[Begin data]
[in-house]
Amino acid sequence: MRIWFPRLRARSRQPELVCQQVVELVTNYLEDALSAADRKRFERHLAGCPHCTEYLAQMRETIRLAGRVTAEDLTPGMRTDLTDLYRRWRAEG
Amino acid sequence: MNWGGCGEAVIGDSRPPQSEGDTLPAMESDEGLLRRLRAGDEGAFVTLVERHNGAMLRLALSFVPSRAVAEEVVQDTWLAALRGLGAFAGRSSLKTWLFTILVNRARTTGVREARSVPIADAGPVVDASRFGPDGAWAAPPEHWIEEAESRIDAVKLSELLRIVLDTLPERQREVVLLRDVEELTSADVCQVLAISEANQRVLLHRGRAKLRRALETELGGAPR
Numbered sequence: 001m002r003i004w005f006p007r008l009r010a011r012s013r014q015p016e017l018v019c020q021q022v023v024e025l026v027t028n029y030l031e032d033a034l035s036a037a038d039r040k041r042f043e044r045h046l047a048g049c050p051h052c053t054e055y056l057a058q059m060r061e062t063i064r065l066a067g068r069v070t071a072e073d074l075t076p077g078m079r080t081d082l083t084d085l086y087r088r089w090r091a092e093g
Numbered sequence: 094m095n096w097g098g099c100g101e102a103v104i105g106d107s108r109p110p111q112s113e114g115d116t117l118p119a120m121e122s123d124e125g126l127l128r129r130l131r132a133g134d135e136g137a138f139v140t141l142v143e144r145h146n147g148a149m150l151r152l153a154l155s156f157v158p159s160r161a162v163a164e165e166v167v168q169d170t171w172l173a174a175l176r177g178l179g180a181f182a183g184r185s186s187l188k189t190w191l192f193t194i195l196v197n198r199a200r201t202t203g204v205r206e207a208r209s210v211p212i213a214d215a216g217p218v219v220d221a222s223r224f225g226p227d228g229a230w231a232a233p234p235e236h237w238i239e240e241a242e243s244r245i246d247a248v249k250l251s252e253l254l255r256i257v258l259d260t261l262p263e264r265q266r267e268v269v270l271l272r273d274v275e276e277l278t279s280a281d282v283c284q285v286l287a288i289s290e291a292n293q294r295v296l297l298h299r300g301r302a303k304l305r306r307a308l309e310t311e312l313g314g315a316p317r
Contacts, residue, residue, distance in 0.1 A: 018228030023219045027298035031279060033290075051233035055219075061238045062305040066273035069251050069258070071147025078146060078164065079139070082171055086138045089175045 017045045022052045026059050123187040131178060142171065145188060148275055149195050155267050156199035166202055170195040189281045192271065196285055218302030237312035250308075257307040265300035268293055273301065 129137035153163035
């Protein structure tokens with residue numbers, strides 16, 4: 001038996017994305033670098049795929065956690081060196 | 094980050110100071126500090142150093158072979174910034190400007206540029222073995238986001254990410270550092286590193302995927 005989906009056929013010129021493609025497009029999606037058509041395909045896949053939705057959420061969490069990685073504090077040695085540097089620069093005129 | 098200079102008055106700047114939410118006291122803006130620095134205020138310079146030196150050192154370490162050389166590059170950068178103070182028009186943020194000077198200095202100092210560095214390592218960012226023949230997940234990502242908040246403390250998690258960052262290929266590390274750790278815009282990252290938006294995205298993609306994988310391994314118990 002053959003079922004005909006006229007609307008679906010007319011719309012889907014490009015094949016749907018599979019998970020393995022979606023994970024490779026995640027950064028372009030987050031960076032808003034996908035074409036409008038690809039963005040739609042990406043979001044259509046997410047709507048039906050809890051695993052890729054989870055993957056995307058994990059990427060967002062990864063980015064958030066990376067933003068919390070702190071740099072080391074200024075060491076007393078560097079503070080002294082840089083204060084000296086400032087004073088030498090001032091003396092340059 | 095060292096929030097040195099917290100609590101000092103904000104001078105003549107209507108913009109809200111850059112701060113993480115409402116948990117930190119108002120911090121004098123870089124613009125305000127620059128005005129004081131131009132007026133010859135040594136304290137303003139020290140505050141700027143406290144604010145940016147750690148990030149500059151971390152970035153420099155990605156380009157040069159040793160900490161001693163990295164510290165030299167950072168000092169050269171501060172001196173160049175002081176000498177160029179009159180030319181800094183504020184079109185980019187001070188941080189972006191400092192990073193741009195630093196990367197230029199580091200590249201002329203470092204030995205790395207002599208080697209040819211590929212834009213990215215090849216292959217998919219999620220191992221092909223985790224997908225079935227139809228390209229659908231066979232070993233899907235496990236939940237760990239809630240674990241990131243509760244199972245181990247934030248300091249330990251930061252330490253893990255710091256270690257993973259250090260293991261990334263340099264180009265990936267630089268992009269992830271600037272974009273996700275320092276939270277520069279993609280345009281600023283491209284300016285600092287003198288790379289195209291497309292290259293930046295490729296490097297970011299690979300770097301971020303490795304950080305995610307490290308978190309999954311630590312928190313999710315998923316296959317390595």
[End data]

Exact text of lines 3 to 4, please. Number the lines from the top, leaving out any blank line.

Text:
Amino acid sequence: MNWGGCGEAVIGDSRPPQSEGDTLPAMESDEGLLRRLRAGDEGAFVTLVERHNGAMLRLALSFVPSRAVAEEVVQDTWLAALRGLGAFAGRSSLKTWLFTILVNRARTTGVREARSVPIADAGPVVDASRFGPDGAWAAPPEHWIEEAESRIDAVKLSELLRIVLDTLPERQREVVLLRDVEELTSADVCQVLAISEANQRVLLHRGRAKLRRALETELGGAPR
Numbered sequence: 001m002r003i004w005f006p007r008l009r010a011r012s013r014q015p016e017l018v019c020q021q022v023v024e025l026v027t028n029y030l031e032d033a034l035s036a037a038d039r040k041r042f043e044r045h046l047a048g049c050p051h052c053t054e055y056l057a058q059m060r061e062t063i064r065l066a067g068r069v070t071a072e073d074l075t076p077g078m079r080t081d082l083t084d085l086y087r088r089w090r091a092e093g